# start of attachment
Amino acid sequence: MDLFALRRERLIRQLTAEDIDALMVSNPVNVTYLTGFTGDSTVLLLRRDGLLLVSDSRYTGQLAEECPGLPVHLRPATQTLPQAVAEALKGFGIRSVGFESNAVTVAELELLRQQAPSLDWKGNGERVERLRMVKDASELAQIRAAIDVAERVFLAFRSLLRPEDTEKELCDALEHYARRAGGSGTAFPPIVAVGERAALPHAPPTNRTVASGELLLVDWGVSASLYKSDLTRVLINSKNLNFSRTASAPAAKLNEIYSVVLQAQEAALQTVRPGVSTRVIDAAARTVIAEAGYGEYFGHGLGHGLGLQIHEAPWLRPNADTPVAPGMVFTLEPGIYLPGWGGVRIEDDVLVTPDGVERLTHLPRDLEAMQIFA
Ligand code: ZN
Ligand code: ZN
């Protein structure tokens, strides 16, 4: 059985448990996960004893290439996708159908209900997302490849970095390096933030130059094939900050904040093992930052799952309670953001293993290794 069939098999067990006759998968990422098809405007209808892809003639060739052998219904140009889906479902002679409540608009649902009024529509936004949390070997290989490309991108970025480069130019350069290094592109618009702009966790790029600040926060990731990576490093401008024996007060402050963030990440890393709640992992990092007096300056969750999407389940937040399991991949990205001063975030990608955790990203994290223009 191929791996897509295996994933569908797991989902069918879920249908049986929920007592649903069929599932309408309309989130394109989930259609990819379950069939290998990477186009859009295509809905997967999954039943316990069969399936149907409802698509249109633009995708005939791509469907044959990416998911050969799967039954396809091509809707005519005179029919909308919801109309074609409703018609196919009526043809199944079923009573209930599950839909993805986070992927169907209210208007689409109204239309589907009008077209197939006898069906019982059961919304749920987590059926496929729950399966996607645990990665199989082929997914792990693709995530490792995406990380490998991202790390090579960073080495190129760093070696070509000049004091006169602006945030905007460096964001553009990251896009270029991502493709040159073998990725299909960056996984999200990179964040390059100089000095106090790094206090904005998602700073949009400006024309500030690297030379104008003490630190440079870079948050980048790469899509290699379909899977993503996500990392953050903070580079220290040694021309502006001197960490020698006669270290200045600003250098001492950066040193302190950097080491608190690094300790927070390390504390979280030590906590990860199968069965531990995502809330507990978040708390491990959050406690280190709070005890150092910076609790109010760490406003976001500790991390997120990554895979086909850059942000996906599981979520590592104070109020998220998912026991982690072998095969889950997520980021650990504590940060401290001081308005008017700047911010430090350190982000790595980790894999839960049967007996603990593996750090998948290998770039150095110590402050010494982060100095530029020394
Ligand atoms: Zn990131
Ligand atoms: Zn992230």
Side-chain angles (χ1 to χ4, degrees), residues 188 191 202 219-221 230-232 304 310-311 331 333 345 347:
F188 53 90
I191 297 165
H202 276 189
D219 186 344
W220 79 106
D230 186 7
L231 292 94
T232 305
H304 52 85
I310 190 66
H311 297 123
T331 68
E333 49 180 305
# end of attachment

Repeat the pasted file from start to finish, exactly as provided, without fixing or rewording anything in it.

Amino acid sequence: MDLFALRRERLIRQLTAEDIDALMVSNPVNVTYLTGFTGDSTVLLLRRDGLLLVSDSRYTGQLAEECPGLPVHLRPATQTLPQAVAEALKGFGIRSVGFESNAVTVAELELLRQQAPSLDWKGNGERVERLRMVKDASELAQIRAAIDVAERVFLAFRSLLRPEDTEKELCDALEHYARRAGGSGTAFPPIVAVGERAALPHAPPTNRTVASGELLLVDWGVSASLYKSDLTRVLINSKNLNFSRTASAPAAKLNEIYSVVLQAQEAALQTVRPGVSTRVIDAAARTVIAEAGYGEYFGHGLGHGLGLQIHEAPWLRPNADTPVAPGMVFTLEPGIYLPGWGGVRIEDDVLVTPDGVERLTHLPRDLEAMQIFA
Ligand code: ZN
Ligand code: ZN
């Protein structure tokens, strides 16, 4: 059985448990996960004893290439996708159908209900997302490849970095390096933030130059094939900050904040093992930052799952309670953001293993290794 069939098999067990006759998968990422098809405007209808892809003639060739052998219904140009889906479902002679409540608009649902009024529509936004949390070997290989490309991108970025480069130019350069290094592109618009702009966790790029600040926060990731990576490093401008024996007060402050963030990440890393709640992992990092007096300056969750999407389940937040399991991949990205001063975030990608955790990203994290223009 191929791996897509295996994933569908797991989902069918879920249908049986929920007592649903069929599932309408309309989130394109989930259609990819379950069939290998990477186009859009295509809905997967999954039943316990069969399936149907409802698509249109633009995708005939791509469907044959990416998911050969799967039954396809091509809707005519005179029919909308919801109309074609409703018609196919009526043809199944079923009573209930599950839909993805986070992927169907209210208007689409109204239309589907009008077209197939006898069906019982059961919304749920987590059926496929729950399966996607645990990665199989082929997914792990693709995530490792995406990380490998991202790390090579960073080495190129760093070696070509000049004091006169602006945030905007460096964001553009990251896009270029991502493709040159073998990725299909960056996984999200990179964040390059100089000095106090790094206090904005998602700073949009400006024309500030690297030379104008003490630190440079870079948050980048790469899509290699379909899977993503996500990392953050903070580079220290040694021309502006001197960490020698006669270290200045600003250098001492950066040193302190950097080491608190690094300790927070390390504390979280030590906590990860199968069965531990995502809330507990978040708390491990959050406690280190709070005890150092910076609790109010760490406003976001500790991390997120990554895979086909850059942000996906599981979520590592104070109020998220998912026991982690072998095969889950997520980021650990504590940060401290001081308005008017700047911010430090350190982000790595980790894999839960049967007996603990593996750090998948290998770039150095110590402050010494982060100095530029020394
Ligand atoms: Zn990131
Ligand atoms: Zn992230």
Side-chain angles (χ1 to χ4, degrees), residues 188 191 202 219-221 230-232 304 310-311 331 333 345 347:
F188 53 90
I191 297 165
H202 276 189
D219 186 344
W220 79 106
D230 186 7
L231 292 94
T232 305
H304 52 85
I310 190 66
H311 297 123
T331 68
E333 49 180 305